You’re now ready to add water, but you’ll need two more tools first: a kettle to heat the water and a battery-operated handheld milk foamer found in any kitchen store. You can use the beautiful traditional chasen, a bamboo whisk hand-carved out of a single piece of bamboo, but there’s a learning curve to it. Its shape makes it’s very difficult to dry properly, so it tends to mold. Lovely as art, less useful as a matcha tool (the purists will surely disagree, I might add).
Water temperature is hugely important. Anything over 175°F will scald the matcha and make it taste really weird and awful. Something happens to it, and it isn’t pleasant. This is where a good kettle comes in. Nothing, and I mean nothing, beats the Stagg EKG Electric Pour-Over Kettle here. You can dial in the desired temperature (173°F!), and the water very rapidly heats. Stagg EKG then holds that temp for an hour! Fricking perfect because I often want a second one within the hour. And it’s an utter joy to use; perfectly balanced in the hand, and feather-light. The gooseneck means precision pouring, and I do mean precision. Precision pouring is important for matcha because you want to add just a light stream of water, slowly and carefully. This is impossible with most kettles, but Stagg EKG executes the perfect tumbler of matcha.
The last tool is the frother. At this point, you’ve got sifted matcha and a few ounces of 173°F water. Tilt the tumbler so when you turn on the frother, you froth just the liquid and avoid hitting the ceramic sides or bottom (you’ll hear it if you do). After 10 seconds or so you’ll get an unbelievably creamy and rich crema, similar to espresso crema. It takes some practice, but you’ll soon have it down. Here’s a video of the process.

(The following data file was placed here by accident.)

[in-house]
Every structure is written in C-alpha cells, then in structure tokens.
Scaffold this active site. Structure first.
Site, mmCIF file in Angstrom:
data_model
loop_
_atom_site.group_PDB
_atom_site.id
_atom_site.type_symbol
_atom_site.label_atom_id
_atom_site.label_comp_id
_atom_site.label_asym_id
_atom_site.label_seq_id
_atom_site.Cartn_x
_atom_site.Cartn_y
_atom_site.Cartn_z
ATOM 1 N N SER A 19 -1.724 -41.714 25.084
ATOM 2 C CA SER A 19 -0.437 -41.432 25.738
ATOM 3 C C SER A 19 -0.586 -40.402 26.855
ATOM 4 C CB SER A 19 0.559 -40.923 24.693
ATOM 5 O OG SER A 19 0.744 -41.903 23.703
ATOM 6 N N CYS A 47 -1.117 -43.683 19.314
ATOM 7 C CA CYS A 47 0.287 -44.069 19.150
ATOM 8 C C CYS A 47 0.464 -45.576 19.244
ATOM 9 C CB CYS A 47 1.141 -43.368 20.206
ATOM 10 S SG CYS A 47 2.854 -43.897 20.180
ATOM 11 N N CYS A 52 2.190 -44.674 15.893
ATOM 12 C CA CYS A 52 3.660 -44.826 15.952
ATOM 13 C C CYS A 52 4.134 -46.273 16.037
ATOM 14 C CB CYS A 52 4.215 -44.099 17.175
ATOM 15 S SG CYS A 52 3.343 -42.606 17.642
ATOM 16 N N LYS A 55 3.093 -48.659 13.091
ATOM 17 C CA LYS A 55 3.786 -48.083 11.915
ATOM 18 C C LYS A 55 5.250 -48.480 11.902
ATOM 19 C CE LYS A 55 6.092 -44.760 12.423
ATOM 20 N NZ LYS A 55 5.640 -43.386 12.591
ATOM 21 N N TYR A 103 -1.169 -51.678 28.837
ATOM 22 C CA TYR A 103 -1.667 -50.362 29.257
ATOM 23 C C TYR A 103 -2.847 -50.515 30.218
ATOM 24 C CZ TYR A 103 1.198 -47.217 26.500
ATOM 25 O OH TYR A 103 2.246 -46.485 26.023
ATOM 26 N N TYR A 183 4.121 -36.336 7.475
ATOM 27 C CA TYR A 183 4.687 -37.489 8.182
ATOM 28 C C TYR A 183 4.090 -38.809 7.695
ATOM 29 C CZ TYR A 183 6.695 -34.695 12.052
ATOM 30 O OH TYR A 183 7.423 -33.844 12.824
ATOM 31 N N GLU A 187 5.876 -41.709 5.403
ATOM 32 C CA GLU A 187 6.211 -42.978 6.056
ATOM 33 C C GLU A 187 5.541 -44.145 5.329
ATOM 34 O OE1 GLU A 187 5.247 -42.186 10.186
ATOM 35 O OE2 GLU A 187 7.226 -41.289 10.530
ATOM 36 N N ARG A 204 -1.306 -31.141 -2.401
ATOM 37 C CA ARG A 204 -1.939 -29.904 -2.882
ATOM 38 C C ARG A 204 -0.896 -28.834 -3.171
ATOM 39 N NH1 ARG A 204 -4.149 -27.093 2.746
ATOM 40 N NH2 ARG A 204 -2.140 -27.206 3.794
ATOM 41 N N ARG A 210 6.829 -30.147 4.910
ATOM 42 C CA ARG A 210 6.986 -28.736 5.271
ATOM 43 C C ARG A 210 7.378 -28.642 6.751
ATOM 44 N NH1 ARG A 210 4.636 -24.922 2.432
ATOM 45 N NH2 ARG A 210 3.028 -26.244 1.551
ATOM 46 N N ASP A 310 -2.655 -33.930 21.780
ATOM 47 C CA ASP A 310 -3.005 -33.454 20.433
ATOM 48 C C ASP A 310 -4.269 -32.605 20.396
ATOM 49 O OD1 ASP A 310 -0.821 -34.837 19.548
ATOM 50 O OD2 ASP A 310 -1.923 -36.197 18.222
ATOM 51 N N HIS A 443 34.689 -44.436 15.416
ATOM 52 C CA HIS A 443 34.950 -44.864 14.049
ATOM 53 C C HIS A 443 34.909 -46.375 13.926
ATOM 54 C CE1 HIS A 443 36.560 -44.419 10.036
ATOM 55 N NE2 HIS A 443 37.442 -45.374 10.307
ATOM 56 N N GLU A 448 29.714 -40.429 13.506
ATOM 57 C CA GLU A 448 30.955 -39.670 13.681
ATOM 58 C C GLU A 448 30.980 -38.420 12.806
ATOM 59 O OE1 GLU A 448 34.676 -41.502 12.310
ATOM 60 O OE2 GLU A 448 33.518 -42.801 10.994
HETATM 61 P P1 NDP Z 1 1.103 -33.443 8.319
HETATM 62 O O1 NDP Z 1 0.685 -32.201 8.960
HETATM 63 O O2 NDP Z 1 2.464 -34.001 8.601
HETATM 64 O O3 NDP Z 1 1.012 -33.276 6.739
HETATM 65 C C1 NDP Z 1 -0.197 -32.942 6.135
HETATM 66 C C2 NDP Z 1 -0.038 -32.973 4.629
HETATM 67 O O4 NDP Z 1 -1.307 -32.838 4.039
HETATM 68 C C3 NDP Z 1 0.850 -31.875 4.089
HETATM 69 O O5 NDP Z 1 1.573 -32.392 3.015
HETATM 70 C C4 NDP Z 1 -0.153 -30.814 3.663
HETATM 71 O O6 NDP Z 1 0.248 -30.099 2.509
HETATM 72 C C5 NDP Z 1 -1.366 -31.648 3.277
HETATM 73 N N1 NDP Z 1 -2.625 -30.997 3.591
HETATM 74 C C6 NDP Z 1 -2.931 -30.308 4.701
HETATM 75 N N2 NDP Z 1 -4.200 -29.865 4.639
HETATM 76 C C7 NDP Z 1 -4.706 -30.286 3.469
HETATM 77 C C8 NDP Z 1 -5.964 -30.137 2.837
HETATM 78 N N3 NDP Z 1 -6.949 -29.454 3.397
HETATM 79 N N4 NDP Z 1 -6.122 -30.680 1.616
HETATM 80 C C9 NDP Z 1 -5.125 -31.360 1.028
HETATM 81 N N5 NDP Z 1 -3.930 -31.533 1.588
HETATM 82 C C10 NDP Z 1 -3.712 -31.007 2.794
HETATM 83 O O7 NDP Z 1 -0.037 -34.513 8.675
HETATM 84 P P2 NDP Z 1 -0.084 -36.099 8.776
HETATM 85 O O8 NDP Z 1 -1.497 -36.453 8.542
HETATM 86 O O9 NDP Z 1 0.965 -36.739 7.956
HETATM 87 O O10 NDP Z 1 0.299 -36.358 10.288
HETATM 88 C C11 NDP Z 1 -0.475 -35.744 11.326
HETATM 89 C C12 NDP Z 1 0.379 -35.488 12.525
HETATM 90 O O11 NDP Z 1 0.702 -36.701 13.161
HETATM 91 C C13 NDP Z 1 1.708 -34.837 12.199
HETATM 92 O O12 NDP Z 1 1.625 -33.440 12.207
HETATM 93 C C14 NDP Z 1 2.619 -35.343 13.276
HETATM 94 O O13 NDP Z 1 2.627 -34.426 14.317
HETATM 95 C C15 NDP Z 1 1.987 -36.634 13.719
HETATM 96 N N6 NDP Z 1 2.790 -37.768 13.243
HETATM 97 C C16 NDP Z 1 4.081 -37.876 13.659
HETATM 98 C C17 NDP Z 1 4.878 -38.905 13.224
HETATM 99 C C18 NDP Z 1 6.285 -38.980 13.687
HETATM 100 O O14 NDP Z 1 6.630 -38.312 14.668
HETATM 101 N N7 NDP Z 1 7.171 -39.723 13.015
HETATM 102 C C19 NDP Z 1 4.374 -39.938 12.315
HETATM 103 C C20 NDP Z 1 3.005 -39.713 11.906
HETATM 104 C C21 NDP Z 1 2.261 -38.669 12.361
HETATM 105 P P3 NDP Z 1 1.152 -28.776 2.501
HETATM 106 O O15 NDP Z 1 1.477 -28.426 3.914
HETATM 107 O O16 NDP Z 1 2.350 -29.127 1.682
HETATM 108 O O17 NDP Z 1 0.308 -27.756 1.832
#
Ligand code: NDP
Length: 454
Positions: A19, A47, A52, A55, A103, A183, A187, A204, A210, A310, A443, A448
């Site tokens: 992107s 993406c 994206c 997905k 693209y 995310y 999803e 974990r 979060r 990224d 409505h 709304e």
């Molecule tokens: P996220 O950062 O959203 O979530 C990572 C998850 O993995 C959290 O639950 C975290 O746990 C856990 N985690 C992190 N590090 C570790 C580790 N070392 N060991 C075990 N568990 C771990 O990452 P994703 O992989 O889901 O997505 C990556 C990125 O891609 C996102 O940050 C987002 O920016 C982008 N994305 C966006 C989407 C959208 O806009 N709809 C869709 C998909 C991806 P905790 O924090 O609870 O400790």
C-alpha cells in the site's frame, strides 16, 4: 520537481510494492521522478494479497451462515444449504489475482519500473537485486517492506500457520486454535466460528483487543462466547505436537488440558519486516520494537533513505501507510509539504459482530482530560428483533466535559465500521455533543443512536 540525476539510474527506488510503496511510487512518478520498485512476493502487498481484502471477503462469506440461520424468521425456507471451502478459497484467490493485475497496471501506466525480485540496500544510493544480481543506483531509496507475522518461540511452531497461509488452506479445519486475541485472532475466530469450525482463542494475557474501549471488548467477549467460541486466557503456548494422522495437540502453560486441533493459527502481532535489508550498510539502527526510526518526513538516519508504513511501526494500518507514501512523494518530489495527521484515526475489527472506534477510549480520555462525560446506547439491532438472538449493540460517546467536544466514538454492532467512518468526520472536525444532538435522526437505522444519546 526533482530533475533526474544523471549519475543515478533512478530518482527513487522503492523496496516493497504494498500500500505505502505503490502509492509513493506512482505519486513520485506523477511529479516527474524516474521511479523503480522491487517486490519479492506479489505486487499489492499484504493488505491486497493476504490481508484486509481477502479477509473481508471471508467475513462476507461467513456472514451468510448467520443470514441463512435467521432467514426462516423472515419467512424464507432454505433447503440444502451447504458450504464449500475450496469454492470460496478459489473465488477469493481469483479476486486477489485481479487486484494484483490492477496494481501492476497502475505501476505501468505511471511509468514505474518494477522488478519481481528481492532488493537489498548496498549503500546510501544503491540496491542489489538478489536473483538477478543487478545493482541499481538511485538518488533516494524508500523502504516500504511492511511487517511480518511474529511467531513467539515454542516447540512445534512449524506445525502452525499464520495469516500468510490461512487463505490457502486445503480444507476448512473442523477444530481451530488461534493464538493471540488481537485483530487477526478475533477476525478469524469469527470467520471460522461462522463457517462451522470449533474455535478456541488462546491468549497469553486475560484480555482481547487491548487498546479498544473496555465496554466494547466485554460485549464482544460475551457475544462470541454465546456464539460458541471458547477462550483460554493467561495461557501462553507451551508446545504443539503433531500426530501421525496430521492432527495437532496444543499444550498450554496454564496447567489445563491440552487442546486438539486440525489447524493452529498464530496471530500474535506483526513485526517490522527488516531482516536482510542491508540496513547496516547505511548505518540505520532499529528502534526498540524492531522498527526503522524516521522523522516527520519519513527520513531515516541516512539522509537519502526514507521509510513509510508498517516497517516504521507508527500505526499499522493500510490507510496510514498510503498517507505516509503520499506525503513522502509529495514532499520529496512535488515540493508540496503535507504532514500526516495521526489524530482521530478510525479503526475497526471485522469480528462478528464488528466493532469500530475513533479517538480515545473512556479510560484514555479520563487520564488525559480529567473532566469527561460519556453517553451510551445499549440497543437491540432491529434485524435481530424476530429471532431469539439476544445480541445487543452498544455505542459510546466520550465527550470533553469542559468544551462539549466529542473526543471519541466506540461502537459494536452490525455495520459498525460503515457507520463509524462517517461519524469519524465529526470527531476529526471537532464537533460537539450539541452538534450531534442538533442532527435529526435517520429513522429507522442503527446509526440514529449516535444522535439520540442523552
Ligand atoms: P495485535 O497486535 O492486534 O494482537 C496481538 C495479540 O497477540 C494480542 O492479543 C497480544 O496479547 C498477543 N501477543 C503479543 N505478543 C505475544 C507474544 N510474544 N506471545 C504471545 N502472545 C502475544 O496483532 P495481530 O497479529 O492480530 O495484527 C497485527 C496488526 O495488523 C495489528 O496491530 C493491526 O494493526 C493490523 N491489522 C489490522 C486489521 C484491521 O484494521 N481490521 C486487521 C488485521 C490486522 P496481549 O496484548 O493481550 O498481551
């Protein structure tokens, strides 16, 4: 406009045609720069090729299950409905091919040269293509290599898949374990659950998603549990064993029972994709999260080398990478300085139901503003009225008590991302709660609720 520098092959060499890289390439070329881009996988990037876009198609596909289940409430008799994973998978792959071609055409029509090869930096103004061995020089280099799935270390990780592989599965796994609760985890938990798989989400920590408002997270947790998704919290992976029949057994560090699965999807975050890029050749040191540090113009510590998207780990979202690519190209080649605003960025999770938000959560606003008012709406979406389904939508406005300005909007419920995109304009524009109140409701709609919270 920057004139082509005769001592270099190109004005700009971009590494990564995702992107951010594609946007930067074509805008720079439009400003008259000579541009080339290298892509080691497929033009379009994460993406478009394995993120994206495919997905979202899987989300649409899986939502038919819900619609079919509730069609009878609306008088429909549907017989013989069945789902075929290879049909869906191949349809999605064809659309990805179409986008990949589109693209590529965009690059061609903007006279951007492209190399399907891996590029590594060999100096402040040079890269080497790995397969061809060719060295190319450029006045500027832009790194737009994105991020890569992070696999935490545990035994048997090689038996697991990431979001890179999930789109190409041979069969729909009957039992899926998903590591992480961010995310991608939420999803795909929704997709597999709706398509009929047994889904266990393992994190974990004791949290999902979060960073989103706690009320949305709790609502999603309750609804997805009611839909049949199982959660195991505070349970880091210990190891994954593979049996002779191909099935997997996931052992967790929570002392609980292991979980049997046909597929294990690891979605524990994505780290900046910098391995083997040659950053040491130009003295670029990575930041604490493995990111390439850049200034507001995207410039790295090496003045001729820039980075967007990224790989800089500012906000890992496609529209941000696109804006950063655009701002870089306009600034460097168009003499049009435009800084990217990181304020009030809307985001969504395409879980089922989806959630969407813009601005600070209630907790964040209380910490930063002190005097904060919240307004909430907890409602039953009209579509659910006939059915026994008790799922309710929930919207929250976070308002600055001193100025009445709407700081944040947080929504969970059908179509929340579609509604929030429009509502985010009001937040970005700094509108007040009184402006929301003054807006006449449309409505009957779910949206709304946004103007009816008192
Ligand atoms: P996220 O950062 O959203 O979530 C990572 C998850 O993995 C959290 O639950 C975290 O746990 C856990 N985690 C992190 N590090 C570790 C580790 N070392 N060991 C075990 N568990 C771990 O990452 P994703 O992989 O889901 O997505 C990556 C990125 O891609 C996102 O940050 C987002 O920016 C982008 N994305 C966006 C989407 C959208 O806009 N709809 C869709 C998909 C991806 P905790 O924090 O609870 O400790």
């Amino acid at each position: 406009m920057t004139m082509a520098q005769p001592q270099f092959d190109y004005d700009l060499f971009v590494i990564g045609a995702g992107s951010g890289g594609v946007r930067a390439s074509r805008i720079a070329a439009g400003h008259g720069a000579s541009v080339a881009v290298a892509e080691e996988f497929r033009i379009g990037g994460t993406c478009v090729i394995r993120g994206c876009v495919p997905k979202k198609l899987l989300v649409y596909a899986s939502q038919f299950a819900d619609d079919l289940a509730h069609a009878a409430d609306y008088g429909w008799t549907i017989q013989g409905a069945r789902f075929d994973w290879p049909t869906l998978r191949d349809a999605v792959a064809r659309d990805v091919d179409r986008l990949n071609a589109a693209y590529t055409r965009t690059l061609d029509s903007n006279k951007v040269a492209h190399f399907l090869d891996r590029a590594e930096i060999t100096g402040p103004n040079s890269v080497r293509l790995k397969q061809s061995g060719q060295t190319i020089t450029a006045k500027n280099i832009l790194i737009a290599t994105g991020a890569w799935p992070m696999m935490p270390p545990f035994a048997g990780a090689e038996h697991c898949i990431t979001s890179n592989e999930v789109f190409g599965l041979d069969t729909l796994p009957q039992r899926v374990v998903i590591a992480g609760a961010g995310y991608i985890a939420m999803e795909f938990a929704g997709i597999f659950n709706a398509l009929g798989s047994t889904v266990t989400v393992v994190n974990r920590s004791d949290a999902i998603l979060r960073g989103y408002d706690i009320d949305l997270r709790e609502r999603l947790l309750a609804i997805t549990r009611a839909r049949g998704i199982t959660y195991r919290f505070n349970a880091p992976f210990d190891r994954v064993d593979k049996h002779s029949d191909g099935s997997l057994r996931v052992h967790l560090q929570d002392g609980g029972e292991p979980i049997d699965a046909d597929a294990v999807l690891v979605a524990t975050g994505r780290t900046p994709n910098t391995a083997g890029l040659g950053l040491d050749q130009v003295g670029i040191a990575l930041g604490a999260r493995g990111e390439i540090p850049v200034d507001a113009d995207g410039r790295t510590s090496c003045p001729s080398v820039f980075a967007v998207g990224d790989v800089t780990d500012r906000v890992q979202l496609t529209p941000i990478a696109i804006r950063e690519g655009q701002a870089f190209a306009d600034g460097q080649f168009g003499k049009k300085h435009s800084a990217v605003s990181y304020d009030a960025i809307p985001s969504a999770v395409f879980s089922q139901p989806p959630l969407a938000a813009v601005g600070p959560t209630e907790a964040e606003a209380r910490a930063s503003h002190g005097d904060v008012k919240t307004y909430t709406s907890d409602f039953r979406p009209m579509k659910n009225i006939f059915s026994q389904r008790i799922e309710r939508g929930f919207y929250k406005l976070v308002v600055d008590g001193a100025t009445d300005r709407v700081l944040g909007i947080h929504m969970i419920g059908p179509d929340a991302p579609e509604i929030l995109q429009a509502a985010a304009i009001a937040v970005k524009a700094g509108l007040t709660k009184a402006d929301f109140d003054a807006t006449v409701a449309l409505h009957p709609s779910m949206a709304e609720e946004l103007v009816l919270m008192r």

So where’s the mindfulness? In the whole thing. You can definitely hurry through the process and just get on with your day (and sometimes this is all any of us can muster), but you’ll soon see the value in pausing to do this right. Allow yourself the five minutes it takes to heat the water, sieve the matcha, and work the frother. Take another few minutes to sip it. It will set the tone for…something. Who knows what? But the process, and the tea itself, has a way of making you notice things. If you find value in noticing more, noticing your environment and your place in it, noticing your internal and external conversations, noticing your emotions in real time…then now you have an excellent way to do that. All while sipping something that drinks like great wine and happens to be really good for your brain, body, and biome. Not bad for a couple of bucks and a decision to exert a tiny degree of control over your health and happiness!
Eric Gower is the founder and chief matcha evangelist at Breakaway Matcha. He’s also an author, ghostwriter, editor, cooking instructor, and private chef. For 16 years he lived and worked in Japan, where he took deep dives into all things matcha, food, literature, arts, and culture.